National wildlife refuges offer us all a chance to unplug from the stresses of daily life and reconnect with our natural surroundings. DeSoto National Wildlife Refuge offers visitors a chance to explore the unique Missouri River floodplain habitat. After years of alteration to this river system, the refuge provides a glimpse into the historical floodplain habitat and the wildlife that depend on it.
Location and Contact Information
DeSoto National Wildlife Refuge is located along the Missouri River and borders both Iowa and Nebraska. Within its 8,365 acres lies DeSoto Lake, an oxbow lake that used to be a bend in the Missouri River. The refuge contains bottomland forests, tall grass prairie and wetland habitats that are managed to mimic the natural Missouri River floodplain habitat to benefit a diversity of migratory birds that flock to the refuge each year in the spring and fall. The refuge also contains a piece of history within its borders, the Bertrand Steamboat. The Bertrand sunk on previous riverbend leaving behind the cargo and historic time pieces, amounting to almost 250,000 different artifacts housed within the walls of the DeSoto National Wildlife Refuge Visitor Center. DeSoto National Wildlife Refuge is truly a place where wildlife meets history!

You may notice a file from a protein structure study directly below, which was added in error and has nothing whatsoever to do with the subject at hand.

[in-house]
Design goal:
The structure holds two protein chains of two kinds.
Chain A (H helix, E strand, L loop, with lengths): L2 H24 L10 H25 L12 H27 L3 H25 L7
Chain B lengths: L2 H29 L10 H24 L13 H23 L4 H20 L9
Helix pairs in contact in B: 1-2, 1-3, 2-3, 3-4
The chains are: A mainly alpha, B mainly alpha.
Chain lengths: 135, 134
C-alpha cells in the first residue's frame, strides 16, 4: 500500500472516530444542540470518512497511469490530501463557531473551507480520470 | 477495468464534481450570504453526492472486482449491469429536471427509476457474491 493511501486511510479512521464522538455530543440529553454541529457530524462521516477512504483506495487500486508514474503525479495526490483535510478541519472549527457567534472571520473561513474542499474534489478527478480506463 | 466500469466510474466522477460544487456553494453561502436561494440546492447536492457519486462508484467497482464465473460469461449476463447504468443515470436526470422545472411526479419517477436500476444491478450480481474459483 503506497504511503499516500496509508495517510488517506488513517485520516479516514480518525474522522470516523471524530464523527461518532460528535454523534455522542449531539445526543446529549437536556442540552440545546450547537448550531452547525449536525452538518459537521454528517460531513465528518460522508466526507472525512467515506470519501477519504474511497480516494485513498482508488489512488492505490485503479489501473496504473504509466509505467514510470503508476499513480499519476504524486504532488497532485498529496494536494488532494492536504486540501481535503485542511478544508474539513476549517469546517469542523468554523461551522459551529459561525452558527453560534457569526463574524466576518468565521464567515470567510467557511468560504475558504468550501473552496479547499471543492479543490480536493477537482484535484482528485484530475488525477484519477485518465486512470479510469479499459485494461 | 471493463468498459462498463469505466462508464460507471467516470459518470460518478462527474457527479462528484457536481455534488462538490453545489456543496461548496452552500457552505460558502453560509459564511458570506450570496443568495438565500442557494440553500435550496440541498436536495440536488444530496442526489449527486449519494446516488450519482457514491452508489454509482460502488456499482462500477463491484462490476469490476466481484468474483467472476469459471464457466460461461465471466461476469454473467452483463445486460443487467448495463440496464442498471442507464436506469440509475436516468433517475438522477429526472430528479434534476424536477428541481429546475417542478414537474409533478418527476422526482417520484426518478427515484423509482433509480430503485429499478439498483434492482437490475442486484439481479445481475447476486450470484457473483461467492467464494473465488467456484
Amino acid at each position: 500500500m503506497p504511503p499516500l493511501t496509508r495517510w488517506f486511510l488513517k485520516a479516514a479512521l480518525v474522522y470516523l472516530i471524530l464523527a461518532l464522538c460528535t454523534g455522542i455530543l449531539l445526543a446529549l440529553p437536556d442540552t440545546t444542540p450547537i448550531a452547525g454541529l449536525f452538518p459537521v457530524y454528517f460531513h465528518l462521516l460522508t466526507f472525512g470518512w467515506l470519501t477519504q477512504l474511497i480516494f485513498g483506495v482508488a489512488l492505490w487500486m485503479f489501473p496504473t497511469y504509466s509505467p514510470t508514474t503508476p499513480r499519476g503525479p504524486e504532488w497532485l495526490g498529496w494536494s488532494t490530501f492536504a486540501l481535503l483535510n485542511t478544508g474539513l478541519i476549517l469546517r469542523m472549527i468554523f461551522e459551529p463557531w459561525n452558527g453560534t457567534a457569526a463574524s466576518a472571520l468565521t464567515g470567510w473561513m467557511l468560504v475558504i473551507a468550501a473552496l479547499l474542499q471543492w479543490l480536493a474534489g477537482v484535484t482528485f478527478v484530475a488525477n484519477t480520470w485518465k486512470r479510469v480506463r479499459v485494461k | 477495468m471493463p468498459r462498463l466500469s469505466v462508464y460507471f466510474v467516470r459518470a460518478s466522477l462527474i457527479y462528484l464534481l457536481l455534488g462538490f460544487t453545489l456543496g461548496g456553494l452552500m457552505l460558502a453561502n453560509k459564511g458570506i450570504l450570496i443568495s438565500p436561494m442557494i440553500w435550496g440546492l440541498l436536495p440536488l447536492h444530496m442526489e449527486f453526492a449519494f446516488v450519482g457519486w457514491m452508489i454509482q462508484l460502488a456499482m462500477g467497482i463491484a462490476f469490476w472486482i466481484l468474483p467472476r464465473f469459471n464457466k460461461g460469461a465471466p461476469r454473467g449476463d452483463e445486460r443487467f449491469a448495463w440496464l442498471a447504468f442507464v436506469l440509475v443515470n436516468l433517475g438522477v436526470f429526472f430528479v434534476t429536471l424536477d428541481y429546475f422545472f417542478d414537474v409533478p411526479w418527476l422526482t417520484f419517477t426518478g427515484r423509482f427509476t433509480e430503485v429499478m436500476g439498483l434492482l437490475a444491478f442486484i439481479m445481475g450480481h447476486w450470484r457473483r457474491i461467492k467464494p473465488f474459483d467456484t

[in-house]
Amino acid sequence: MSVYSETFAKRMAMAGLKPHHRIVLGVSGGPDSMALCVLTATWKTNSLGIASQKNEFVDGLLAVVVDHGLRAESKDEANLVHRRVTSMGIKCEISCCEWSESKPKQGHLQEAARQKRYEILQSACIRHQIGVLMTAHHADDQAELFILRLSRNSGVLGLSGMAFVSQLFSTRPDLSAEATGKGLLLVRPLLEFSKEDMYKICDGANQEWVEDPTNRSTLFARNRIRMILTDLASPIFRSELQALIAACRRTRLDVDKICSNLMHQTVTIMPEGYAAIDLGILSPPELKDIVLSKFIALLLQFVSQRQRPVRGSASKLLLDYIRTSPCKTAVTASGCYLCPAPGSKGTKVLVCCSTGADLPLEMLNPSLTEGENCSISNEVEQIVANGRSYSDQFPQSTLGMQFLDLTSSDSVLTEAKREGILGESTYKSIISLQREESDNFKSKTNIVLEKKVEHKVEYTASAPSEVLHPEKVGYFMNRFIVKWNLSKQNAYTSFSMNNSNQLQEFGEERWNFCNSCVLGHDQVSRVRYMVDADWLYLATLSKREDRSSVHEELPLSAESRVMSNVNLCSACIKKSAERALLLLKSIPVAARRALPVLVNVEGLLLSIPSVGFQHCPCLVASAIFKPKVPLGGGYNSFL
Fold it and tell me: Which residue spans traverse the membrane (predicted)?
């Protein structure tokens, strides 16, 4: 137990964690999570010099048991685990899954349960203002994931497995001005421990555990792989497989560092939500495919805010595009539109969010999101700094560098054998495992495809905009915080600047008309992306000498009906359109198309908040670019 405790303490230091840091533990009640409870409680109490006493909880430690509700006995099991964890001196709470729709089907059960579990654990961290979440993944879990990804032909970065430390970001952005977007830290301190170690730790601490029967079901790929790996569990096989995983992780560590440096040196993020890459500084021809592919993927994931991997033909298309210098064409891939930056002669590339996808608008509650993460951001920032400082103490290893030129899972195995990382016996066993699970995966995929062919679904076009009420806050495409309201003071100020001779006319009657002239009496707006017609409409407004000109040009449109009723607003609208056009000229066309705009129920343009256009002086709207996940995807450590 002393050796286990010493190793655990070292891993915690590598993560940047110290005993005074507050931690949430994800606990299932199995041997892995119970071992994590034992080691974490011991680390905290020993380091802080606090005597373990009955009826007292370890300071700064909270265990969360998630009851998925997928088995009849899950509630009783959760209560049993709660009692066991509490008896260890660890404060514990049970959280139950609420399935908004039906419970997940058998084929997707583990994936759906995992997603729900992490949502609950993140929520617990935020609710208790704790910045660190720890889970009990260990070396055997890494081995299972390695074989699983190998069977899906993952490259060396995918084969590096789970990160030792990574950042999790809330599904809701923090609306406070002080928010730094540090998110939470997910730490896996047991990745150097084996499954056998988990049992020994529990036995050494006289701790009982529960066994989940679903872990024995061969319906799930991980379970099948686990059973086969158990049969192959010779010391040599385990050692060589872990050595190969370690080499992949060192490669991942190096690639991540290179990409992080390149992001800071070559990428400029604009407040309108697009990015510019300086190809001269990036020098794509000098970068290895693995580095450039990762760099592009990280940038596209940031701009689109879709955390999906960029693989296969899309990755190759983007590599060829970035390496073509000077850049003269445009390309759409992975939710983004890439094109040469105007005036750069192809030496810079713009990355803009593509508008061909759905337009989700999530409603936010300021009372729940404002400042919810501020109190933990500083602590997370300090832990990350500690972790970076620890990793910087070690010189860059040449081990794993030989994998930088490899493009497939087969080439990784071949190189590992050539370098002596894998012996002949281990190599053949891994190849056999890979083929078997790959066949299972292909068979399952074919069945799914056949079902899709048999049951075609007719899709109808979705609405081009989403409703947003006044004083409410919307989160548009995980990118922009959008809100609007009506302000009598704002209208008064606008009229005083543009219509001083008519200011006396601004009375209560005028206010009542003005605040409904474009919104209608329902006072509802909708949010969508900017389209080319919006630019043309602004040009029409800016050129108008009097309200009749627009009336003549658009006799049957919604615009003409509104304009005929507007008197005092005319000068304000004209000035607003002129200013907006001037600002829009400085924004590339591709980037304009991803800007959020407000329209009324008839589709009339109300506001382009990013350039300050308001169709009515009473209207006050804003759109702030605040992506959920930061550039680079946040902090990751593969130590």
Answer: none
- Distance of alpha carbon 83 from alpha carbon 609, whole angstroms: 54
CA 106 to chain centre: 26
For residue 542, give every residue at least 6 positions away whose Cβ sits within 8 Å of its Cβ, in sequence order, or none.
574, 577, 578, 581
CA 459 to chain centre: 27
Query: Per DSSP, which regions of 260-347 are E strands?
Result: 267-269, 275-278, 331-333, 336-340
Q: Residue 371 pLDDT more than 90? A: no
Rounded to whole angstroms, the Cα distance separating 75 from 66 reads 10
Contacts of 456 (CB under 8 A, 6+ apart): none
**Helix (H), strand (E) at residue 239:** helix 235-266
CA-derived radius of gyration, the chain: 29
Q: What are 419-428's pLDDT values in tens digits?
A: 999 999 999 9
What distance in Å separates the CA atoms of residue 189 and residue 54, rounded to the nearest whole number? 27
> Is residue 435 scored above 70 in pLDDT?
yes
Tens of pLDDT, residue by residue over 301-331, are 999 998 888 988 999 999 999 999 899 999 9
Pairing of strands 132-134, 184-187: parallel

What We Do
DeSoto National Wildlife Refuge acts as a rest stop for birds. Thousands of birds migrating along the Missouri River corridor utilize the refuge as a sanctuary and resting place as birds make their migration journey in the spring and fall. The refuge is best known for the big flocks of migratory waterfowl utilizing the refuge wetlands and lakes. Along with the waterfowl, bald eagles will congregate on the refuge. Songbirds are also abundant later in the spring and during the summer months. The bottomland forests, grasslands and wetlands provide a diverse mosaic of habitat that benefit more than 100 species of birds including dickcissels, orioles, yellow-headed blackbirds, red-headed woodpeckers, yellow warblers and common yellowthroats.
Projects and Research
Our National Wildlife Refuges are places for everyone to learn about and discover the outdoors. This opportunity is utilized by numerous local grad students from local universities and other government organizations over the years, researching parts the wide variety of wildlife and plant species that use or call DeSoto National Wildlife Refuge their home. If interested in performing a research project on refuge lands please contact:
Besides just grad student research, DeSoto National Wildlife Refuge also utilizes citizen science projects to help improve our understanding of the natural world, enabling us to evaluate our management practices for our wildlife.